To prevent global warming the whole food system must change

Unless we are willing to change the way we look at food and farming, climate change strategies will fail, says a new report from the CGIAR Research Program on Climate Change, Agriculture and Food Security (CCAFS). The report titled, 'Food and Earth Systems: Priorities for Climate Change Adaptation and Mitigation for Agriculture and Food Systems' is published in the MDPI journal Sustainability,

Traditional livestock system in Colombia. Image Credit: Neil Palmer / CIAT
Traditional livestock system in Colombia. Image Credit: Neil Palmer / CIAT

Global climate change, or global warming, has long been a threat driving innumerable national and international discussions on policy change. However, farming and the food system have been consistently left out of such discussions, chiefly because of other issues. These include questions like mandatory commitments to agricultural changes which could hit small farmers, limitations on farmland expansion, technological challenges in carbon monitoring by small farmers, and trade restriction in high-emission agricultural areas which could affect export-oriented farmers severely.

The greatest resistance to climate change action comes when it comes to changing the food system, says the CCAFS analysis.

CCAFS leader Ana Maria Loboguerrero sums it up: “If you think about the two-degree increase, efforts need to go beyond the agricultural sector. This means reducing emissions by stopping deforestation, decreasing food loss and waste, reducing supply chain emissions, and rethinking human diets, if we really want to get on track to that target. “

Food wastage

One way is to cut down on food waste.

Agriculture, along with forestry and land use, causes one-fourth of greenhouse gas (GHG) emissions. About half of this (10-12%) is due to farming alone. On the other hand, as much as one-third of the food produced on farms is wasted, causing another 8% of emissions.

In developing nations, most of the waste occurs during food production, but in industrialized regions, much more is lost during consumption.

Saving just a quarter of this wastage would feed 870 million people a year – more than the estimated 820 million people who are malnourished at present.  Just as importantly, this would reduce agricultural emissions and benefit small farmers, who typically suffer the most from climate change.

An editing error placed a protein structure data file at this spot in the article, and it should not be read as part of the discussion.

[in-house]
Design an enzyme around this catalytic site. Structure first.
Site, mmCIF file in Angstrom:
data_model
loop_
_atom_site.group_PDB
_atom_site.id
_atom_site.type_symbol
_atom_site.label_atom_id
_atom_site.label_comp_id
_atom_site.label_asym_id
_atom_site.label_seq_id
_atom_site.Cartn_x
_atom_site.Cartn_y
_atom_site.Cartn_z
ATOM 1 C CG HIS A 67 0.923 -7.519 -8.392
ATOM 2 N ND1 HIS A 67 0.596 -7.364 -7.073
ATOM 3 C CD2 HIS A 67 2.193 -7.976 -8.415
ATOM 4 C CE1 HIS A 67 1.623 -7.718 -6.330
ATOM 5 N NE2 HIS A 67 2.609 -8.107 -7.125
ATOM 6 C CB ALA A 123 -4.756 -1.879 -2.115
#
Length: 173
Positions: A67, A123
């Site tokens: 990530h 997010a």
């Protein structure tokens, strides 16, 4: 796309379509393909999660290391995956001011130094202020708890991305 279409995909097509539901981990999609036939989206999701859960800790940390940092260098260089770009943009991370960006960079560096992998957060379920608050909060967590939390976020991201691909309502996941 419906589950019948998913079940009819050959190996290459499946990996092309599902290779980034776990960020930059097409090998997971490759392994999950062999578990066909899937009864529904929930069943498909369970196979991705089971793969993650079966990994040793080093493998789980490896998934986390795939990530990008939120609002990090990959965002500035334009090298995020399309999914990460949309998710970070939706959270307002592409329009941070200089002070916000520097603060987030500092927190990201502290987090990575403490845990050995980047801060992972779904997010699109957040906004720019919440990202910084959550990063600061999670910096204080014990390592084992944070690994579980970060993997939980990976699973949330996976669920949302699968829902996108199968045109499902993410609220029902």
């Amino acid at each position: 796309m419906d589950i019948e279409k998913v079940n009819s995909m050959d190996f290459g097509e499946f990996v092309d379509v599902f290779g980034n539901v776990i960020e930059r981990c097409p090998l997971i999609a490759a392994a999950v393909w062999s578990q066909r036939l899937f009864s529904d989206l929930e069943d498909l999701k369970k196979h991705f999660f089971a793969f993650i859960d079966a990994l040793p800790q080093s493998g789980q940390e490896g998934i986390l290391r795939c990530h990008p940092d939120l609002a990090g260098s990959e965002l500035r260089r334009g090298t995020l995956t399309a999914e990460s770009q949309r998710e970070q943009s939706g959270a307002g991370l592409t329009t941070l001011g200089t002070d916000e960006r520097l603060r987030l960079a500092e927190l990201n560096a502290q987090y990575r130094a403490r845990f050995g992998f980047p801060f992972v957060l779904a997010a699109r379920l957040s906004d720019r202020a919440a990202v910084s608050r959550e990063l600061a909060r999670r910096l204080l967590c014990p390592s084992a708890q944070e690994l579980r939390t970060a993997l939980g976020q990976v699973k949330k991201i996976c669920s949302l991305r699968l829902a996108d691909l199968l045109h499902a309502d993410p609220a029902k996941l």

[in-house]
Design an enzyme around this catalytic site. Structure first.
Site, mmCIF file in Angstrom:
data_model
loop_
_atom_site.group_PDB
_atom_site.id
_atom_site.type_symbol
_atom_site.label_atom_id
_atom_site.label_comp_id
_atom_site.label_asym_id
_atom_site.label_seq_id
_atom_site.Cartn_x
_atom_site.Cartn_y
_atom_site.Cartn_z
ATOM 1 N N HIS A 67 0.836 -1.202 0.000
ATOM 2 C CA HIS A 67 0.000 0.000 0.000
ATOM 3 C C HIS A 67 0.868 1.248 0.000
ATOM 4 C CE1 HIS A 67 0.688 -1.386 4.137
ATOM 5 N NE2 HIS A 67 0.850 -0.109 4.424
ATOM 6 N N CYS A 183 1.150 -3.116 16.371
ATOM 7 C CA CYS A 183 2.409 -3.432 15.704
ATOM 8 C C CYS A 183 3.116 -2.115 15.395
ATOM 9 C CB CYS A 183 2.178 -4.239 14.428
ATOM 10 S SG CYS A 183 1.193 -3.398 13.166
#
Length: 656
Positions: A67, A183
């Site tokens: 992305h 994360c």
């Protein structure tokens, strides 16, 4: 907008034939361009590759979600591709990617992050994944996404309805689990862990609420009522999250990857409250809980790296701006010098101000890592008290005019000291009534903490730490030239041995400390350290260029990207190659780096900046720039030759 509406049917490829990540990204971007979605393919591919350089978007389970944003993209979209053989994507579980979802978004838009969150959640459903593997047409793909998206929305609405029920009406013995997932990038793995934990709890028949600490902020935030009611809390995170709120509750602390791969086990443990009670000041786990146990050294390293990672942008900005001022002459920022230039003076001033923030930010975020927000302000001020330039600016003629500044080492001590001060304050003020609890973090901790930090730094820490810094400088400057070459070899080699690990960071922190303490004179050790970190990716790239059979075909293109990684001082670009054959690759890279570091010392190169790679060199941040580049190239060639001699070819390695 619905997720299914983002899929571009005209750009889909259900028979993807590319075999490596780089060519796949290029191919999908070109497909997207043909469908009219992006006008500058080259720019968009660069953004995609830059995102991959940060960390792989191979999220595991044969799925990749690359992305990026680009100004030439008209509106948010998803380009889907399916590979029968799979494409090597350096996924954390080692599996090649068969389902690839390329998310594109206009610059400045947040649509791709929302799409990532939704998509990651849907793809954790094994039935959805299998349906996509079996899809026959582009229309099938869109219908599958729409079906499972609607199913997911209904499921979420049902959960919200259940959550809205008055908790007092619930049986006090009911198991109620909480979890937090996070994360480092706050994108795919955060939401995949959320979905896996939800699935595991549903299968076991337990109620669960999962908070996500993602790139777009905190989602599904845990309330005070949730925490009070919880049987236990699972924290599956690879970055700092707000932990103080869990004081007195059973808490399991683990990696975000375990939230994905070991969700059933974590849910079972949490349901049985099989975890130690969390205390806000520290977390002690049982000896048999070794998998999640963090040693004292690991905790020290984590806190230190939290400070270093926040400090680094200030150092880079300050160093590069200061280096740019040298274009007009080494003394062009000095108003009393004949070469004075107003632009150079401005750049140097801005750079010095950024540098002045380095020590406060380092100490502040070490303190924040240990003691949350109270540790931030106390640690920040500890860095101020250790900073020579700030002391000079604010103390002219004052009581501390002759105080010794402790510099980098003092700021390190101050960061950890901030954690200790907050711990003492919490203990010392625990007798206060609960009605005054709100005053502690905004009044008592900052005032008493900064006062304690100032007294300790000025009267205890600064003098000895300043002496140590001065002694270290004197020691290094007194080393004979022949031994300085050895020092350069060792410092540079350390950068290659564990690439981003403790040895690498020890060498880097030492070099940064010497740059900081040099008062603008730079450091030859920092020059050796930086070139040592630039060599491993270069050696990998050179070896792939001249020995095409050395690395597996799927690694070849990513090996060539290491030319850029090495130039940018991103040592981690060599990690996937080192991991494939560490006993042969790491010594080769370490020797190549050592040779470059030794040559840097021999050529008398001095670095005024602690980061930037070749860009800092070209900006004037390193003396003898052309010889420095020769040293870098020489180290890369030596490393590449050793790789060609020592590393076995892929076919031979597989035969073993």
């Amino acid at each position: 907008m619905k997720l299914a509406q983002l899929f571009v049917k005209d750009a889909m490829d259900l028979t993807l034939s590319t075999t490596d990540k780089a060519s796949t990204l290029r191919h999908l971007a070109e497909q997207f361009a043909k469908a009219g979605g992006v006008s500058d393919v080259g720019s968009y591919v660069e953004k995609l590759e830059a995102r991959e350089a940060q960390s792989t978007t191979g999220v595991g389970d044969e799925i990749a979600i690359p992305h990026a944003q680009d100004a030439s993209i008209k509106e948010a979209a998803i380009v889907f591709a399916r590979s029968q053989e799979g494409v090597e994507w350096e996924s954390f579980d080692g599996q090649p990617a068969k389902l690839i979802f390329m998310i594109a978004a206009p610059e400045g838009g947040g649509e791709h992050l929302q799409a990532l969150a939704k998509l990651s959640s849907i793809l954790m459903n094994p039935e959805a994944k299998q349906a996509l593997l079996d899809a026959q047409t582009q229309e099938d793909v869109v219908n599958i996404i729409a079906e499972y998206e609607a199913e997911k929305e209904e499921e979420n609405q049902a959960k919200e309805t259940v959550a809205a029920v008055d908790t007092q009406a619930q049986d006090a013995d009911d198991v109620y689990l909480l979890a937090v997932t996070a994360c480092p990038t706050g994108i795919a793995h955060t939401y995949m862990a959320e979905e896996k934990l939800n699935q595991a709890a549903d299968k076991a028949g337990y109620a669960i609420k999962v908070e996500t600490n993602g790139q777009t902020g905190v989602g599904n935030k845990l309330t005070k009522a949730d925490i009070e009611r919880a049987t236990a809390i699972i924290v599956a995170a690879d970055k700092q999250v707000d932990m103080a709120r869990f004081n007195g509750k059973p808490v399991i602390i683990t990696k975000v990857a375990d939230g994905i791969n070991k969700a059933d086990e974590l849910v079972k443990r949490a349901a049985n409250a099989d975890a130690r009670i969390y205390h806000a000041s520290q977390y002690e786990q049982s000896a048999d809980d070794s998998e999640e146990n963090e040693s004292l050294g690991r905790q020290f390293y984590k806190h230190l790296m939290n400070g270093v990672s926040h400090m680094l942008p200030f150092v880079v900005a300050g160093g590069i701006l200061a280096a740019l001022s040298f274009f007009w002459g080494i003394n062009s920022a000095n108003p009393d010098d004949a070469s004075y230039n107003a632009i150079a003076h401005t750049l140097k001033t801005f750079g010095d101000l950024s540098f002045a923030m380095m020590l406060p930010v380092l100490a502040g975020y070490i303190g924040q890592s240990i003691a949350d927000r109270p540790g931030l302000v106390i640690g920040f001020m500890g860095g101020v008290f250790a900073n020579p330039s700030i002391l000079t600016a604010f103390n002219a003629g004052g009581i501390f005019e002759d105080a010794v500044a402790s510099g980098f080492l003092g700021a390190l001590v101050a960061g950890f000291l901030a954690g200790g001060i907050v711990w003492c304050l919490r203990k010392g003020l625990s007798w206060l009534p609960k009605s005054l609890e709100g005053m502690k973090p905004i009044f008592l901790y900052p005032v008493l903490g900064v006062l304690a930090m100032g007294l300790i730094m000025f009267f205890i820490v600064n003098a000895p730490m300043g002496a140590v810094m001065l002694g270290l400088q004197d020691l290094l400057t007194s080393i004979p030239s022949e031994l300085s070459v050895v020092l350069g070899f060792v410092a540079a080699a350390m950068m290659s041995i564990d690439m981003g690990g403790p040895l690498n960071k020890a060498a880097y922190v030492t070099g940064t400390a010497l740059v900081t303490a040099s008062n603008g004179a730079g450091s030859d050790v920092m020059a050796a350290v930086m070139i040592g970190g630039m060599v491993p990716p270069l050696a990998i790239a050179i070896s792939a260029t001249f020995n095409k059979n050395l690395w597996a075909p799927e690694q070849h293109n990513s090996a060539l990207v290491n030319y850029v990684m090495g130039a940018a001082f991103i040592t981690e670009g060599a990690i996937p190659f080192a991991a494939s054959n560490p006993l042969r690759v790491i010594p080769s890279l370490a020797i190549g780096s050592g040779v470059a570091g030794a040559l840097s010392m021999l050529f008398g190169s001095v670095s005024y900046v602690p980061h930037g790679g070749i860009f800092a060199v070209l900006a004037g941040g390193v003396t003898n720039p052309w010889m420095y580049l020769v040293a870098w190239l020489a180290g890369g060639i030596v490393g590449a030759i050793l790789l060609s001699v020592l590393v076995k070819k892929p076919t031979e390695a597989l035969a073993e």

Farmers are slow to pick up low-emission practices. The 2030 target for emissions reduction is 1 gigaton (GT), which is 1% of current annual global emissions. Current agricultural changes can contribute only 20% to 40% of this, at most.

Shift eating patterns

A second way is to change the way we eat.

In 2000, meat and dairy farming produced about 18% of GHG emission caused by humans, including deforestation and land-use practices. It may rise to 25% by 2050, as the population and meat consumption rates increase.

Meat substitutes, and low-emission cattle, are some possible solutions being worked out to help reach this goal. However, thinking through traditional diets and making changes is important in mitigating climate change.

Prevent deforestation by intensified agriculture

A third measure is to help farmers use their land better. This should be done while preserving soil fertility, and if applied in just 20 tropical countries, could cut emissions by 1.3 GT per year.

The current review of 160 papers on food systems and farming across the world focuses on food supply chains and small/family farms in developing countries. These use about 87% of the world’s farmland, to feed 2.5 billion people. They produce 3% to 4% of global emissions (a third of agriculture emissions), but will be hardest hit in case of climate change.

Measures to help smallholders adapt and survive include:

  • better and more wide-based technological access to relevant climate and market data
  • crop insurance to promote resilience and overcome productivity and marketing risks
  • social safety coverage against extreme climate events that threaten their livelihood
  • access and training in climate-smart agriculture to increase productivity, adapt to climate change, and lower emissions

Plan for inevitable migration

Forced migration is already inevitable for hundreds of millions of farmers and their families due to the forces already set in action, such as desertification, a rise in sea level, and loss of soil fertility. For these people, policymakers should plan how they can mitigate their distress and help them live better in their new neighborhoods.


Most people would rather learn how to cope with climate change, rather than mitigate it by reducing GHG emissions in agriculture. Farmers may resent not being free to farm as they want, and it may cost more. This will, undoubtedly, be a costly exercise for agrarian economies.

However, it will be much more expensive to cope with climate change in the long term, while mitigation can prevent much of that expense. The knack will be to introduce adaptation strategies which also mitigate climate change, and move on from there to discuss mitigation proper.


Loboguerrero, A. M. et al., (2019). Food and earth systems: priorities for climate change adaptation and mitigation for agriculture and food systems. Sustainability.

Dr. Liji Thomas

Written by

Dr. Liji Thomas

Dr. Liji Thomas is an OB-GYN, who graduated from the Government Medical College, University of Calicut, Kerala, in 2001. Liji practiced as a full-time consultant in obstetrics/gynecology in a private hospital for a few years following her graduation. She has counseled hundreds of patients facing issues from pregnancy-related problems and infertility, and has been in charge of over 2,000 deliveries, striving always to achieve a normal delivery rather than operative.


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